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The stabilization of Afghanistan depends primarily on Afghans, and any strategy that ignores this is doomed to failure.
The question, then, is whether the Afghans—national leaders, local leaders, and ordinary folk—have something resembling a coherent vision of stability and the will and means to achieve it. And further, do the United States and its international partners understand that vision and support it?
Nir Rosen does a good job of illustrating some of the most confounding hurdles to stability, but he takes an excessively narrow view. The truth is far more complicated, leaving more room for optimism than does Rosen’s bleak assessment.
The government headed by President Hamid Karzai is a mishmash of nascent institutions, corrupt patronage networks, and divisive factions. But dismissing the national government is a grave misreading of the last eight years, or indeed the last 129 years. Rosen repeats the oft-stated but mistaken claim that Afghanistan has never had a functioning state. In fact, between the 1880s and the 1970s the Afghan government slowly grew in size, capacity, and reach. The state remained weak in numerous areas, and bureaucracy was mostly limited to population centers, but it functioned in many respects, and most importantly exercised a monopoly on the use of force but for a brief period in 1929.
This limited government—strong in a few areas and absent in others, with a healthy degree of autonomy for local communities—remains the most likely model for success in Afghanistan. Decades of conflict have severely diminished the capacity and legitimacy of the state and upended social, cultural, and economic dynamics that made that earlier stability possible. No amount of will or resources will move Afghanistan back in time, but promoting stability is still possible.
The Afghan bureaucracy has proved surprisingly resilient through these many years of war. A 2004 report by the World Bank and the Afghanistan Research and Evaluation Unit found that the government is easily subjugated and ignored, but when brought into play by active and creative officials—such as Ehsan Zia, Minister of Rural Rehabilitation and Development, who oversees the National Solidarity Program, or former Minister of Finance Ashraf Ghani—the government can really perform, or at least facilitate performance. Afghanistan had exactly zero cellular phone coverage in 2001, but today there are 9.5 million cell phone users, thanks to effective government regulation and private investment. In early December 2009, a fiber-optic cable network that had been under construction for two years was launched in Afghanistan. It will radically expand Internet access while drastically reducing costs. This is not Somalia, or even Afghanistan ten years ago.
At the local level, many provincial and district governors, mullahs, and community leaders work doggedly and at constant risk to their lives to resolve disputes and promote legitimate economic development. Many of the Afghan civilians being murdered by the Taliban every day are not only “collaborators” with the “puppet” government, but genuine local leaders who want to help their communities out of the morass of violence and poverty.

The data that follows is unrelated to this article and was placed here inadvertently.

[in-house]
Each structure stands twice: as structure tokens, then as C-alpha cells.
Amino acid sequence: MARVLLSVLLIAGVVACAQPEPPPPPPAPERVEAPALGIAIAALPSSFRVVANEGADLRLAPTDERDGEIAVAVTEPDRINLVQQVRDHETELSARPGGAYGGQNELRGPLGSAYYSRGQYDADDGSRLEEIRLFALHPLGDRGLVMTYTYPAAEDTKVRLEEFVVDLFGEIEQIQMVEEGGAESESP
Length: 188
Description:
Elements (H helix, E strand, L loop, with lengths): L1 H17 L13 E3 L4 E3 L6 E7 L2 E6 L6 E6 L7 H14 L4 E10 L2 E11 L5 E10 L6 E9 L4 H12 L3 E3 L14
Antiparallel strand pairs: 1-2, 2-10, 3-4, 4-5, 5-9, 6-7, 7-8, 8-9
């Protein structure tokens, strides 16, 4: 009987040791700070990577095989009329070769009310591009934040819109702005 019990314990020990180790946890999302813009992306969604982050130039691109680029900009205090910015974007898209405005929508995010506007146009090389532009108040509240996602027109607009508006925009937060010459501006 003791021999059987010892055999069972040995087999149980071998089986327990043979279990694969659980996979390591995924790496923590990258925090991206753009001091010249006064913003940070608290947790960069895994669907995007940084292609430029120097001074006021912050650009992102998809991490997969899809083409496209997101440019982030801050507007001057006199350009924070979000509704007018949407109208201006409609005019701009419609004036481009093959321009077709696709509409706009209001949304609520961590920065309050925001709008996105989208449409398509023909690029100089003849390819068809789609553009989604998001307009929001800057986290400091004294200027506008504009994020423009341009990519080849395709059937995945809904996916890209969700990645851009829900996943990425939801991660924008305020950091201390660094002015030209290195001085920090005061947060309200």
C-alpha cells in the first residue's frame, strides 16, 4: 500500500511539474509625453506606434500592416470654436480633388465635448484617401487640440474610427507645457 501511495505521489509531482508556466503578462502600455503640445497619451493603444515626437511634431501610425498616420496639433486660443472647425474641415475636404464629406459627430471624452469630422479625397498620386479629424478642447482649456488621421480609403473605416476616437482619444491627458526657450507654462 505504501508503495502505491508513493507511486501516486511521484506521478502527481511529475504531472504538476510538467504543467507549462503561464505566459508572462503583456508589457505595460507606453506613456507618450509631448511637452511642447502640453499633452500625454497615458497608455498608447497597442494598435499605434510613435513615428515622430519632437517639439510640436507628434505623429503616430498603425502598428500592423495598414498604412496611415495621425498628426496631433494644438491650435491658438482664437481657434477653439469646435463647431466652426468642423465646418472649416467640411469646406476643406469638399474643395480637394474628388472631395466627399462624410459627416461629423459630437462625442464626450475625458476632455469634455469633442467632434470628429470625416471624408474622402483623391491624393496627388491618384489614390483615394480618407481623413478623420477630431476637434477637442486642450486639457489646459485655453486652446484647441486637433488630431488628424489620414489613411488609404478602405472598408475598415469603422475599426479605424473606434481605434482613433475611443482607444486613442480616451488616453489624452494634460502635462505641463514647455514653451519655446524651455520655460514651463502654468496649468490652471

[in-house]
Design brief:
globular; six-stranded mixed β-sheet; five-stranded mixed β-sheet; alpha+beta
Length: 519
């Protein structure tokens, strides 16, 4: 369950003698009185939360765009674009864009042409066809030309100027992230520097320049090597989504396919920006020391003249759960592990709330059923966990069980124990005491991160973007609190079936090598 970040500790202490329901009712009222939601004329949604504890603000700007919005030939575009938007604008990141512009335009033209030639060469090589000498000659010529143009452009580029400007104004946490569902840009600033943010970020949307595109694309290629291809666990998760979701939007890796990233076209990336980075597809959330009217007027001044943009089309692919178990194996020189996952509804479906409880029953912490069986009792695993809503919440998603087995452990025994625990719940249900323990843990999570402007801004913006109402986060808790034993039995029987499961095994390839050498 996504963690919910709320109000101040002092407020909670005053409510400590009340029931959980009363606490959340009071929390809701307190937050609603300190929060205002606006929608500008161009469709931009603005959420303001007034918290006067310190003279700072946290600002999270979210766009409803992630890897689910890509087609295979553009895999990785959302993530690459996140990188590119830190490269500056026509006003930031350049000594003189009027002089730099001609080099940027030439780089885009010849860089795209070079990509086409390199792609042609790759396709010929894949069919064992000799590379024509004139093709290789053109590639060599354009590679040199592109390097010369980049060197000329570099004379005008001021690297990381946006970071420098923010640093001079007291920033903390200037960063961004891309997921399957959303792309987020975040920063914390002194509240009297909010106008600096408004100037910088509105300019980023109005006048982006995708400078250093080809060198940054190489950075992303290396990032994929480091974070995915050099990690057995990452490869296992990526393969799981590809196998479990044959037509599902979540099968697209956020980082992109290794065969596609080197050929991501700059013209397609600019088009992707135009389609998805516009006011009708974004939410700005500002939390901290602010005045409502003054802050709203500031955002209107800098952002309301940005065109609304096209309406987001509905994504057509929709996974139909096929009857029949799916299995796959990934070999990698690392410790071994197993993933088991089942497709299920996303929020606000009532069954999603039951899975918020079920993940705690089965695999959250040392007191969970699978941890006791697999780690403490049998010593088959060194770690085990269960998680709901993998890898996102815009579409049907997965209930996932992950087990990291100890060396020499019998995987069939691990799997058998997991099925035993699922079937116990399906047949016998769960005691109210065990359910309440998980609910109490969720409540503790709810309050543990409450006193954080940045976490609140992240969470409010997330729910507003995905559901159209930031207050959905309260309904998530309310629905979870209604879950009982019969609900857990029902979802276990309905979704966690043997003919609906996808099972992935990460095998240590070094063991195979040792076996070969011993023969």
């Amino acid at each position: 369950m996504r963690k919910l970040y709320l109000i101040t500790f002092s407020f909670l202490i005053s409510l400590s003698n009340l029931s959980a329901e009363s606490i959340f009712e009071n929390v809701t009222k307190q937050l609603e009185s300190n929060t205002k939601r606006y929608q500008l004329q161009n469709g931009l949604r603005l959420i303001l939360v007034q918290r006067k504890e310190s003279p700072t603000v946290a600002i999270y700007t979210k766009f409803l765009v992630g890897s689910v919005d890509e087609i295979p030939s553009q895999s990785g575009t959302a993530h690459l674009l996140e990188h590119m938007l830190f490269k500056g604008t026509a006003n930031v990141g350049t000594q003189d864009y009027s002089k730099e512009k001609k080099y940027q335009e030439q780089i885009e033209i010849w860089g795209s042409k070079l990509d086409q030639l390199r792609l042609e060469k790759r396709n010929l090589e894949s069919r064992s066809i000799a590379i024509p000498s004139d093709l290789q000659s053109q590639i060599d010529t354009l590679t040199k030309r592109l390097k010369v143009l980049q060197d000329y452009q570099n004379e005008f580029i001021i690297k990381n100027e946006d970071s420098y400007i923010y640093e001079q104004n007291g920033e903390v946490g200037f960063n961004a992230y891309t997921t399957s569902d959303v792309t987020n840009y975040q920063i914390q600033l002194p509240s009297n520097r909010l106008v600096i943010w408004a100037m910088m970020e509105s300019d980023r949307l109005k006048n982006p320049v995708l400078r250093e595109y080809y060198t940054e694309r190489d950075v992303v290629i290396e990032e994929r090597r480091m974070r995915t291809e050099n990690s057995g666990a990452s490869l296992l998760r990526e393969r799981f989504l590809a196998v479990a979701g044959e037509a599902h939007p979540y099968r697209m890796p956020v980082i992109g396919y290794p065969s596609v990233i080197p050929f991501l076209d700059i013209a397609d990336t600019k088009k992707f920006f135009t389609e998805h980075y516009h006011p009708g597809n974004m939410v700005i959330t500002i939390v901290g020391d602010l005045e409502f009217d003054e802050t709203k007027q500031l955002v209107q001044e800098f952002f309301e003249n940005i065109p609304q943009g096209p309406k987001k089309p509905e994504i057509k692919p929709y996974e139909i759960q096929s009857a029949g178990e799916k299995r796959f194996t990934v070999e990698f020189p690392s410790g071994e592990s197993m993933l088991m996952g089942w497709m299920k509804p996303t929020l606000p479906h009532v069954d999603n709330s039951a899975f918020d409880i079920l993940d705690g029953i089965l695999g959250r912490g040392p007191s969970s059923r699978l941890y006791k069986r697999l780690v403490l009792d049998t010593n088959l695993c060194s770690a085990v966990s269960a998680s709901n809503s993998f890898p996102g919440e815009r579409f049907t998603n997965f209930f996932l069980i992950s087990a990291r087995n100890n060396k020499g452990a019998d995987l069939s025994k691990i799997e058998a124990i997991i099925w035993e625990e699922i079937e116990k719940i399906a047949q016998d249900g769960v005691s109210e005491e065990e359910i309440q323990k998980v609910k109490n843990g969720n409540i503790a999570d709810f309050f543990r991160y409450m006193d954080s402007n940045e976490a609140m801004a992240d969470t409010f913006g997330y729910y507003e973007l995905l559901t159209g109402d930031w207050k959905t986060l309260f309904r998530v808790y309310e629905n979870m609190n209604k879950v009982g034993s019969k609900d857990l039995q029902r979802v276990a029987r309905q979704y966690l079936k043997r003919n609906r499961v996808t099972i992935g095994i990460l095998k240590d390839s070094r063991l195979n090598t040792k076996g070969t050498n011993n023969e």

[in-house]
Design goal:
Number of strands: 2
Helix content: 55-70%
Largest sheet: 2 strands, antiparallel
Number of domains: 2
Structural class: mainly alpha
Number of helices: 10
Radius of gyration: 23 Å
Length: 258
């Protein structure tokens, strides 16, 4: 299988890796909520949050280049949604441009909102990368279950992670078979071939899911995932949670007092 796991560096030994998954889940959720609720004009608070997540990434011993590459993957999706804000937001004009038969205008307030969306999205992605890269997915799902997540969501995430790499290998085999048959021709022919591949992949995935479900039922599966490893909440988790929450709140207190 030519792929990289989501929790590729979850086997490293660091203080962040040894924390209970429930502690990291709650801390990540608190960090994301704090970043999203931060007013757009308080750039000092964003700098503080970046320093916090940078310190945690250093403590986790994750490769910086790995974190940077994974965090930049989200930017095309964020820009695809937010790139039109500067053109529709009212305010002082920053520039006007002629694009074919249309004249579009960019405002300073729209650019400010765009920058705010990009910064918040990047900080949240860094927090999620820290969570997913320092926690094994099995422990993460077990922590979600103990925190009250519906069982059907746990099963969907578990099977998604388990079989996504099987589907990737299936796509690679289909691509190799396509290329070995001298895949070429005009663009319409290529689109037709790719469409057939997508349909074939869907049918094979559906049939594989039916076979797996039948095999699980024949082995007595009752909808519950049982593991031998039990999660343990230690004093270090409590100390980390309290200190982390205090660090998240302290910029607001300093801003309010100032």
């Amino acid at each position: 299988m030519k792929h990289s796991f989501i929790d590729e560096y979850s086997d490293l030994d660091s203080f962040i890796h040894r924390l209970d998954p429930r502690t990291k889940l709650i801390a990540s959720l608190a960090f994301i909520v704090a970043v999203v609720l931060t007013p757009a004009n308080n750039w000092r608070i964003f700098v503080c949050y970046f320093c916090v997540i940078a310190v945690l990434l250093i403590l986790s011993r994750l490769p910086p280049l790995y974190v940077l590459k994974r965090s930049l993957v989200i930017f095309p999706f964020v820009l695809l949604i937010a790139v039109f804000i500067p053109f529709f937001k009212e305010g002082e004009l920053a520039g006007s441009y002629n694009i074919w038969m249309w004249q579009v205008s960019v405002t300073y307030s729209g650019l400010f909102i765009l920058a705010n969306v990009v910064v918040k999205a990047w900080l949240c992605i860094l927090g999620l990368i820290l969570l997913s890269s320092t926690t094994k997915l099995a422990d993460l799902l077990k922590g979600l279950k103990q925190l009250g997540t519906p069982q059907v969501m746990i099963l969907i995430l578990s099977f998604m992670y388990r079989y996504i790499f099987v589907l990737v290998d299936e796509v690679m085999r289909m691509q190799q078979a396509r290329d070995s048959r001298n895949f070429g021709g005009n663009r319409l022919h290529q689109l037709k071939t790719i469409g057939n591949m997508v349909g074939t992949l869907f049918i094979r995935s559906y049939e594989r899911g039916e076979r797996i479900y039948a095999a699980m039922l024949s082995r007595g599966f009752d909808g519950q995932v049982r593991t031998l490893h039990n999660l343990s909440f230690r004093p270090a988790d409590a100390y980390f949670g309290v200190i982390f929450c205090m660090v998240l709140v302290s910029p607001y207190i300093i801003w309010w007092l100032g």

However, these positive forces do not yet dominate the government, and a tide of violence would wash away all the improvements made over the last eight years. Already, dozens of schools and bridges built since 2001 have been burned down and blown up. Much of the government looks like a confederacy of dunces, or worse, as General David Petraeus reportedly told President Obama, “a crime syndicate.”
Many, by dint of greed or ideology or fear, undermine the effort to provide security and some modicum of justice. Insofar as they are affiliated with the government, they remain the principle source of illegitimacy and push the population into the Taliban’s hands.
Another fundamental driver of conflict in Afghanistan goes largely unmentioned in Rosen’s piece—Pakistan. The Afghan population was done with the Taliban in 2004, but with support and safe haven in Pakistan (and poor delivery on American promises in Afghanistan), the Taliban were able to start making inroads again. Other neighbors also continue to interfere to the detriment of stability. Even when the Afghans and their international partners do well, these exogenous forces undermine that progress.
Remarkably, after eight years of failures, Afghans do not reject the vision of Afghanistan offered by the Karzai government and the international community hammered out in the 2001 Bonn agreement and reaffirmed in the 2004 constitution and 2006 Afghanistan Compact. Most Afghans desperately want that vision enacted. They decry the failure to deliver on the promises of security, the rule of law, and provision of human rights and economic opportunity. Rosen’s article suggests that these disappointments have led to a generalized anti-American, anti-government uprising like that faced by the Soviets in the 1980s. Fortunately, that has not yet come to pass, even in the Pashtun areas where the Taliban are most influential.
Clearly, the Karzai government must clean up its act, the Afghan security forces must improve, the international forces must implement a better strategy, and aid resources must be better targeted. Everyone acknowledges these challenges, which are common to every conflict or post-conflict environment. Undoubtedly, the necessary changes will not come easily, but they are possible, and I would not count the Afghans out just yet.
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